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The black celebrity from Hollywood’s Golden Age who revealed the complexities of passing for white

Posted in Articles, Arts, Biography, Media Archive, Passing, United States on 2018-01-04 04:21Z by Steven

The black celebrity from Hollywood’s Golden Age who revealed the complexities of passing for white

Timeline
2018-01-02

Nina Renata Aron, Senior Editor


Fredi Washington in a dressing room in Pittsburgh, Pennsylvania, circa 1940. (Charles ‘Teenie’ Harris/Carnegie Museum of Art/Getty Images)

Fredi Washington negotiated bigotry and made her way in the movies

When African American actress Fredi Washington played a black girl passing for white in the 1934 film Imitation of Life, she was accused by critics of denying her own heritage. In fact, Washington never hid her roots, and went on to become an activist for African Americans in the performing arts. As she later told Hue magazine, “I’m honest and…you don’t have to be white to be good.”

The young, black starlet posed a challenge for a Hollywood used to seeing in black and white. Washington was so light-skinned that she reportedly had to wear makeup to play black characters. According to Washington’s friend Jean-Claude Baker, a restaurateur and author, many who saw her thought she was white and she was able to frequent whites-only establishments all her life without problems. “She did pass for white when she was traveling in the South with Duke Ellington,” Baker is quoted as saying in Washington’s New York Times 1994 obituary. “They could not go into ice-cream parlors, so she would go in and buy the ice cream, then go outside and give it to Ellington and the band. Whites screamed at her, ‘Nigger lover!’”…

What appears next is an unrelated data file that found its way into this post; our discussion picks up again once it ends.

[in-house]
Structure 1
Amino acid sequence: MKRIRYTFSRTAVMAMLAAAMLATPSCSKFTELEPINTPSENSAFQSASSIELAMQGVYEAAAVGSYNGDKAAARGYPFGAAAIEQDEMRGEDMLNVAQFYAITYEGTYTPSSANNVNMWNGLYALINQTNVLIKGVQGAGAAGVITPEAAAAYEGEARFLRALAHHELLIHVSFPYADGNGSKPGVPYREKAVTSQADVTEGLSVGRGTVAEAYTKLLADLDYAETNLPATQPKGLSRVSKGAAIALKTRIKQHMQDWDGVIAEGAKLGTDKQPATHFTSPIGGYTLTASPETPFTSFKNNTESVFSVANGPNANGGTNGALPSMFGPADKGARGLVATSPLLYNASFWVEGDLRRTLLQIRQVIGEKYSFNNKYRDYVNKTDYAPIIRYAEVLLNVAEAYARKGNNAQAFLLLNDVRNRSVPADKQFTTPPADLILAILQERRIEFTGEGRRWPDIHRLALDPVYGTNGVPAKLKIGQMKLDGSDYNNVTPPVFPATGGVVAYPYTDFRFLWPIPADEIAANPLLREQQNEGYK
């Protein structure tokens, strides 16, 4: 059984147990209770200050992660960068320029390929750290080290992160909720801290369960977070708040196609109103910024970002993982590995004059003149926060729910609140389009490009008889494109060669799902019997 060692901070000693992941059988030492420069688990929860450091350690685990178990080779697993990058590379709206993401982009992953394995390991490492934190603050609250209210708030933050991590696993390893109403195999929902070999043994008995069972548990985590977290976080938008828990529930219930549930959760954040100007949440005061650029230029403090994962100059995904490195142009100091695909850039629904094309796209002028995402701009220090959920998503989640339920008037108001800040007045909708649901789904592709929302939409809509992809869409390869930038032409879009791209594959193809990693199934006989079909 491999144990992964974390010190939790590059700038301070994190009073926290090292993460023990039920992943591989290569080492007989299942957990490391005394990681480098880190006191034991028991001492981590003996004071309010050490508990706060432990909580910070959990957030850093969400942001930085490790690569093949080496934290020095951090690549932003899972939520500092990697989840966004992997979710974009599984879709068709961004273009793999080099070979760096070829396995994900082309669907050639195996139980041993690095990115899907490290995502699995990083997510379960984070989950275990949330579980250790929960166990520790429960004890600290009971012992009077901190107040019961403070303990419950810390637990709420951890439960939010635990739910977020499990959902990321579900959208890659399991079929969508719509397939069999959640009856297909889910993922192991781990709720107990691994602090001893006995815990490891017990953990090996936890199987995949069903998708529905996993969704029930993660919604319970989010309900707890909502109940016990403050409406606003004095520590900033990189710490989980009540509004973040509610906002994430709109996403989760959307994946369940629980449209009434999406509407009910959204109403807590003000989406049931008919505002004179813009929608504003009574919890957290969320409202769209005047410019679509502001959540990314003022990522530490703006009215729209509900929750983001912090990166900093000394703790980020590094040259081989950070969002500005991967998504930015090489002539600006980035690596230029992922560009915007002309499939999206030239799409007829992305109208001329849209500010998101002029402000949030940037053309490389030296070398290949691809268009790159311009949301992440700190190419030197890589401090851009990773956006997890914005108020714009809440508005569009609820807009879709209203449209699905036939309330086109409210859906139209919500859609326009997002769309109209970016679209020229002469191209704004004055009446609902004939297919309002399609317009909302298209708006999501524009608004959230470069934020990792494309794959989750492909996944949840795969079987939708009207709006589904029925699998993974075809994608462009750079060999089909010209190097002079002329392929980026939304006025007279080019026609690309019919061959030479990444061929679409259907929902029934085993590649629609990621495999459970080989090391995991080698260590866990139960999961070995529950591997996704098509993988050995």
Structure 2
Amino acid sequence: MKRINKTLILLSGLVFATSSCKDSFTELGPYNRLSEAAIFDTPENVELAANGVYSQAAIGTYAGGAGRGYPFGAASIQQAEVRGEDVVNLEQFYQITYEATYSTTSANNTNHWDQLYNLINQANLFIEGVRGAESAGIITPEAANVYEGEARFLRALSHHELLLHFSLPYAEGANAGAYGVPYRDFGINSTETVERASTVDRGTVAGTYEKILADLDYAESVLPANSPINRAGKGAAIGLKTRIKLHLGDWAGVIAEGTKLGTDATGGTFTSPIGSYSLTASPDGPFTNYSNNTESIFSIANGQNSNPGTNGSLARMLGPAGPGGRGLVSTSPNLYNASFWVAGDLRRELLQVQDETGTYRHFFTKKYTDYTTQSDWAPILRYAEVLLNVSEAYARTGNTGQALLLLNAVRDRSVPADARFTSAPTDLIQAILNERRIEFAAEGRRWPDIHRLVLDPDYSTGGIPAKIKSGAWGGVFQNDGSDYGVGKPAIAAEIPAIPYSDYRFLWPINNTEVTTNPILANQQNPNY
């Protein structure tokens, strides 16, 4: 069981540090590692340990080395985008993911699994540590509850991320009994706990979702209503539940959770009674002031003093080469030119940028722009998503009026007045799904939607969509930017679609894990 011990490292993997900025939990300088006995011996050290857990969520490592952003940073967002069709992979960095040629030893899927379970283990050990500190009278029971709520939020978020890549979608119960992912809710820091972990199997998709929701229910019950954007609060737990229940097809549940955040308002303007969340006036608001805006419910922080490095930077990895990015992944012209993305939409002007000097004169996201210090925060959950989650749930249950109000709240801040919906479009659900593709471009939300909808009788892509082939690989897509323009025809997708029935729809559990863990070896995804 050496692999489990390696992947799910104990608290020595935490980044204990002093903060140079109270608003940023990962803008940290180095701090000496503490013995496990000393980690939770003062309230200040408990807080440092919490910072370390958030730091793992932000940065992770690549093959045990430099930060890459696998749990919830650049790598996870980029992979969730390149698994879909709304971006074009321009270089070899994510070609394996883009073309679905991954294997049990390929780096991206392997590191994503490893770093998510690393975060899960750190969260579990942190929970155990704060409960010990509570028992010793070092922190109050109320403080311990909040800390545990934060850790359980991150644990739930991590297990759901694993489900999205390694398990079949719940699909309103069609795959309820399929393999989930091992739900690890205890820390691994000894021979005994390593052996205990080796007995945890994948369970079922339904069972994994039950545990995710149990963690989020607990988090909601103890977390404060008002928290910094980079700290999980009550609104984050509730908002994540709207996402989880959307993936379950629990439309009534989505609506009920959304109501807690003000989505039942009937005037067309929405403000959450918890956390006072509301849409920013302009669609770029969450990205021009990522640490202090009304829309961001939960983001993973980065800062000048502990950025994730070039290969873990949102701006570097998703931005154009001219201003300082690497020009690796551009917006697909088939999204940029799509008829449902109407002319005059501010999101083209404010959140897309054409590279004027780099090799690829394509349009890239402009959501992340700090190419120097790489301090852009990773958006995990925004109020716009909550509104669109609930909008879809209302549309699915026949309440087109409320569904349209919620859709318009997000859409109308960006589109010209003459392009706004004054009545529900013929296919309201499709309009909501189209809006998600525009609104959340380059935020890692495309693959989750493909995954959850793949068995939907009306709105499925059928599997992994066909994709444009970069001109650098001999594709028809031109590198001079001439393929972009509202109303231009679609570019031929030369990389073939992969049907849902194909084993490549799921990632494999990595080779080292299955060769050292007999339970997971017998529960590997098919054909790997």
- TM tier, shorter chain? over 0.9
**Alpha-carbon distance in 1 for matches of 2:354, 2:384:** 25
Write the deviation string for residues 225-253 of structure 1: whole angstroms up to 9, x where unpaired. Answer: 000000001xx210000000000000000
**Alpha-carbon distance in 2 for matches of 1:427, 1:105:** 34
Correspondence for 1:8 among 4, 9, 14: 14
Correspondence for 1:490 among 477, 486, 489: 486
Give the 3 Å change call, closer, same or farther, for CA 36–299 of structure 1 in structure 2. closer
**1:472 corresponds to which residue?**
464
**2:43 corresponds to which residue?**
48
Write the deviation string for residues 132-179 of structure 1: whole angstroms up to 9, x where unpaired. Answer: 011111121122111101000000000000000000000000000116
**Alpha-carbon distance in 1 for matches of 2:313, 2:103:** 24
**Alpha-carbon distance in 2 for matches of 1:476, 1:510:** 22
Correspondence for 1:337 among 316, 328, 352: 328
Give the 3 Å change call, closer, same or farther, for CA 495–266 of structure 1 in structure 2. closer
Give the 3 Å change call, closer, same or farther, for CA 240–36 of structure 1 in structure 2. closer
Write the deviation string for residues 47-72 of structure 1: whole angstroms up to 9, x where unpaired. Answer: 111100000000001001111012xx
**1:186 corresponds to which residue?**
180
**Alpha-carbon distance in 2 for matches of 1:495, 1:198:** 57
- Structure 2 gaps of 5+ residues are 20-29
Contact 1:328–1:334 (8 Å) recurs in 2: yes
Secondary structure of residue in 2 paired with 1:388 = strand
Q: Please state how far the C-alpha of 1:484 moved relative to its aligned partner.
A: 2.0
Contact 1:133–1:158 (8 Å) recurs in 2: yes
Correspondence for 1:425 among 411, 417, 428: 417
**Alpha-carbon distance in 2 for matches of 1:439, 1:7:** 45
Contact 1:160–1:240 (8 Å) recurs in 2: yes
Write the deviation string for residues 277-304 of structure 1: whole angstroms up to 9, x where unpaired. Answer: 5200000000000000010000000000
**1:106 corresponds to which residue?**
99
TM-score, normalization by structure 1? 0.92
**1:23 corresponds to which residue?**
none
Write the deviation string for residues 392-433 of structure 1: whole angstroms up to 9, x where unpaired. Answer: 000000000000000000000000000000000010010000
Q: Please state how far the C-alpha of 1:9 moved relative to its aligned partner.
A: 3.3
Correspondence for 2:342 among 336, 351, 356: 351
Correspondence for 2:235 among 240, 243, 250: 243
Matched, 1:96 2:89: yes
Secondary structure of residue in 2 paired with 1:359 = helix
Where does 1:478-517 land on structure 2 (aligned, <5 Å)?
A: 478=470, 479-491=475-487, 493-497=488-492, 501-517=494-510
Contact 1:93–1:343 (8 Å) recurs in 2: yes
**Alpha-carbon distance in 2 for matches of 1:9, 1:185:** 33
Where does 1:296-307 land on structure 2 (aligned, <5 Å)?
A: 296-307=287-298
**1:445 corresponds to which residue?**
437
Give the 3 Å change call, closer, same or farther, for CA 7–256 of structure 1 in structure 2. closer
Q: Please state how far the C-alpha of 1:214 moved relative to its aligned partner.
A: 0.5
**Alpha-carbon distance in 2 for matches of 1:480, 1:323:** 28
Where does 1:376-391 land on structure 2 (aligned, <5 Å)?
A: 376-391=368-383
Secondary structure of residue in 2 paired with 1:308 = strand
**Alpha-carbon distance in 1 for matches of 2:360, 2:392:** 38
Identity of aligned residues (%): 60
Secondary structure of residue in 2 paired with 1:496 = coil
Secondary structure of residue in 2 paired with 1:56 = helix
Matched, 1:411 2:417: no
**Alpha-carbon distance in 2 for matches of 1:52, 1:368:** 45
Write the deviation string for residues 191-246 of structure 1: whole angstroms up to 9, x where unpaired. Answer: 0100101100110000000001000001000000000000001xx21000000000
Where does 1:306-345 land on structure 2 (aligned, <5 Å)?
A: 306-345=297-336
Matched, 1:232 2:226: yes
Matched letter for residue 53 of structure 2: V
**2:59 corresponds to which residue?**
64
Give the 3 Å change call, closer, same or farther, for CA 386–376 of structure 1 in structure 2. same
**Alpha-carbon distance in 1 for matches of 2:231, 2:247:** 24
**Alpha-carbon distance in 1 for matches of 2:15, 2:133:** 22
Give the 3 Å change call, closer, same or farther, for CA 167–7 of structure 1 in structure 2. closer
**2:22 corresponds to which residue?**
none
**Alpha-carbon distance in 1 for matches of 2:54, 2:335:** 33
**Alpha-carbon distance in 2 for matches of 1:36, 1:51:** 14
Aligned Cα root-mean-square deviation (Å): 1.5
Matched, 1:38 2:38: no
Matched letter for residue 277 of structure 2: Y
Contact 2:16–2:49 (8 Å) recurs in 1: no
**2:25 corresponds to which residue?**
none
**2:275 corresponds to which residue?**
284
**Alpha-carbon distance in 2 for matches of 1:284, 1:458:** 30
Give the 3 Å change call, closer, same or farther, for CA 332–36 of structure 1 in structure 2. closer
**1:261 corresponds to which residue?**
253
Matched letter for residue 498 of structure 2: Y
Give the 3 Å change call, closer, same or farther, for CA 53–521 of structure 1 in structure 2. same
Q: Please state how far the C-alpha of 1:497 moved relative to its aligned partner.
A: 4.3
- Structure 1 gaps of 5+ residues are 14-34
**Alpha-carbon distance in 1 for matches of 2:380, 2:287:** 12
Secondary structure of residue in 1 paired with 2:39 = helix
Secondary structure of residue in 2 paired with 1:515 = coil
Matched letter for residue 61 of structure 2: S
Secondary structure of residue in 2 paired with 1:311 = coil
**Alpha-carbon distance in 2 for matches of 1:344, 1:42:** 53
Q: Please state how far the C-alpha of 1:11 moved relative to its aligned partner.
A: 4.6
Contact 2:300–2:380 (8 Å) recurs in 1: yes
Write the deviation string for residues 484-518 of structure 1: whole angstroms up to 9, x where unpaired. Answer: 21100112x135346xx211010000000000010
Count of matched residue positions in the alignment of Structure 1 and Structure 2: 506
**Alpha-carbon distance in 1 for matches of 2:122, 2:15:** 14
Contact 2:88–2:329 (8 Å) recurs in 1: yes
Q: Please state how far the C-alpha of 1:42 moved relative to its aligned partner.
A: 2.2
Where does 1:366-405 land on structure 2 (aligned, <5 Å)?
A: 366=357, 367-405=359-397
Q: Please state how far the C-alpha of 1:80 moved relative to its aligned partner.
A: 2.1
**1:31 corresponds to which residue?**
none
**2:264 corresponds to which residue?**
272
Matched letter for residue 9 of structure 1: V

Read the entire article here.

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Who Can Call Themselves Métis?

Posted in Anthropology, Articles, Canada, Census/Demographics, Media Archive, Native Americans/First Nation on 2018-01-03 04:36Z by Steven

Who Can Call Themselves Métis?

The Walrus
2017-12-29

Chris Andersen, Dean of the Faculty of Native Studies
University of Alberta


iStock / selimaksan

With the latest census surge in the Métis population, it’s time to start talking about how we define the term

The Métis are an Indigenous people that originated in the late eighteenth and early nineteenth century on the northern plains of what is now southern Manitoba. Centred historically in and around Red River (now Winnipeg) and intimately tied to the buffalo-hunting economy, the Métis became a powerful force by the middle of the nineteenth century, pushing back against the Hudson’s Bay Company’s claims to economic monopoly and later leading two armed resistances against the Canadian state. Despite this powerful historic presence and the fact that the 1982 Constitution Act enumerated the Métis, along with First Nations and Inuit, as one of three Aboriginal peoples in Canada, the term has, in recent years, largely fallen into racialized disrepute.

Today, many people understand “Métis” not as an Indigenous nation but as denoting people with a mixture of Aboriginal and non-Aboriginal ancestry. The Government of Canada has used the term in this manner in multiple policy contexts. Inconsistent usage of Métis has produced confusing and even contradictory results in the heart of some of Canada’s most powerful institutions, including the census. This has exacerbated an already-confusing state of affairs in the minds of the general public and many policy actors about who the Métis people are and the kinds of relationships with government to which we aspire…

Read the entire article here.

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Blasian Invasion: Racial Mixing in the Celebrity Industrial Complex

Posted in Asian Diaspora, Books, Communications/Media Studies, Media Archive, Monographs on 2017-12-30 04:08Z by Steven

Blasian Invasion: Racial Mixing in the Celebrity Industrial Complex